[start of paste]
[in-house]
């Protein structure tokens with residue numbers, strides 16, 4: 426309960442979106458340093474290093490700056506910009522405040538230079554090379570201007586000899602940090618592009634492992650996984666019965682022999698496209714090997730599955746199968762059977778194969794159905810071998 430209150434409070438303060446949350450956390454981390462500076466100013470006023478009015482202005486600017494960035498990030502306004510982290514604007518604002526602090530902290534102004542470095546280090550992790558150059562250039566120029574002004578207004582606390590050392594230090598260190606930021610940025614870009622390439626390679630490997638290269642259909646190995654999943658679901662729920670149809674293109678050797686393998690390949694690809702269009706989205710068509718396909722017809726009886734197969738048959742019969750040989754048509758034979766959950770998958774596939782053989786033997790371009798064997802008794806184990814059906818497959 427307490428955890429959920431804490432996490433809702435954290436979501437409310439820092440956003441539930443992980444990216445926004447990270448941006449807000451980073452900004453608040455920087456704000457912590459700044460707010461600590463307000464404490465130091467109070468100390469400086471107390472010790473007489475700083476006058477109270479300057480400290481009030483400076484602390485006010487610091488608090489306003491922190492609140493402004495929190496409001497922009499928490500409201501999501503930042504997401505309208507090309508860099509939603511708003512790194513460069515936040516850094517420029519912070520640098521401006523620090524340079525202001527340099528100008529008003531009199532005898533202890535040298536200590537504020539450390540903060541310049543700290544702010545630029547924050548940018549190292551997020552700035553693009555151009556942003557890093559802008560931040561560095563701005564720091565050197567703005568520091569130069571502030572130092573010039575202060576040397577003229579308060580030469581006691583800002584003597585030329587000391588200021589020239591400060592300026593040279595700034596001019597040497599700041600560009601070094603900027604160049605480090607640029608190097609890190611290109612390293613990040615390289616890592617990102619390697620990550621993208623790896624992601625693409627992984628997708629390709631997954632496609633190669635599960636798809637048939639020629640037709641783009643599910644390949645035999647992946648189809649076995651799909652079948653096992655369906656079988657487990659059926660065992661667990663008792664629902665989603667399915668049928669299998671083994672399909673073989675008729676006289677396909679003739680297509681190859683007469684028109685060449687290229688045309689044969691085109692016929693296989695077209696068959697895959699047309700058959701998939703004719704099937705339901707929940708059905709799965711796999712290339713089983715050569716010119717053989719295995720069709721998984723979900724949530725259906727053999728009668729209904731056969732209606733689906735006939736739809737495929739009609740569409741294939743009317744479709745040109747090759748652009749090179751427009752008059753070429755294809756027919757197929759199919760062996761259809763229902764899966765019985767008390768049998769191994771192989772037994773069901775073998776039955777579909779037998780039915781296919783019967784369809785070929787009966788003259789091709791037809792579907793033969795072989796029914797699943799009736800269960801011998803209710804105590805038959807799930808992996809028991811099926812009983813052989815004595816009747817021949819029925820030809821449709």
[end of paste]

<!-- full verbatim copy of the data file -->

[in-house]
């Protein structure tokens with residue numbers, strides 16, 4: 426309960442979106458340093474290093490700056506910009522405040538230079554090379570201007586000899602940090618592009634492992650996984666019965682022999698496209714090997730599955746199968762059977778194969794159905810071998 430209150434409070438303060446949350450956390454981390462500076466100013470006023478009015482202005486600017494960035498990030502306004510982290514604007518604002526602090530902290534102004542470095546280090550992790558150059562250039566120029574002004578207004582606390590050392594230090598260190606930021610940025614870009622390439626390679630490997638290269642259909646190995654999943658679901662729920670149809674293109678050797686393998690390949694690809702269009706989205710068509718396909722017809726009886734197969738048959742019969750040989754048509758034979766959950770998958774596939782053989786033997790371009798064997802008794806184990814059906818497959 427307490428955890429959920431804490432996490433809702435954290436979501437409310439820092440956003441539930443992980444990216445926004447990270448941006449807000451980073452900004453608040455920087456704000457912590459700044460707010461600590463307000464404490465130091467109070468100390469400086471107390472010790473007489475700083476006058477109270479300057480400290481009030483400076484602390485006010487610091488608090489306003491922190492609140493402004495929190496409001497922009499928490500409201501999501503930042504997401505309208507090309508860099509939603511708003512790194513460069515936040516850094517420029519912070520640098521401006523620090524340079525202001527340099528100008529008003531009199532005898533202890535040298536200590537504020539450390540903060541310049543700290544702010545630029547924050548940018549190292551997020552700035553693009555151009556942003557890093559802008560931040561560095563701005564720091565050197567703005568520091569130069571502030572130092573010039575202060576040397577003229579308060580030469581006691583800002584003597585030329587000391588200021589020239591400060592300026593040279595700034596001019597040497599700041600560009601070094603900027604160049605480090607640029608190097609890190611290109612390293613990040615390289616890592617990102619390697620990550621993208623790896624992601625693409627992984628997708629390709631997954632496609633190669635599960636798809637048939639020629640037709641783009643599910644390949645035999647992946648189809649076995651799909652079948653096992655369906656079988657487990659059926660065992661667990663008792664629902665989603667399915668049928669299998671083994672399909673073989675008729676006289677396909679003739680297509681190859683007469684028109685060449687290229688045309689044969691085109692016929693296989695077209696068959697895959699047309700058959701998939703004719704099937705339901707929940708059905709799965711796999712290339713089983715050569716010119717053989719295995720069709721998984723979900724949530725259906727053999728009668729209904731056969732209606733689906735006939736739809737495929739009609740569409741294939743009317744479709745040109747090759748652009749090179751427009752008059753070429755294809756027919757197929759199919760062996761259809763229902764899966765019985767008390768049998769191994771192989772037994773069901775073998776039955777579909779037998780039915781296919783019967784369809785070929787009966788003259789091709791037809792579907793033969795072989796029914797699943799009736800269960801011998803209710804105590805038959807799930808992996809028991811099926812009983813052989815004595816009747817021949819029925820030809821449709």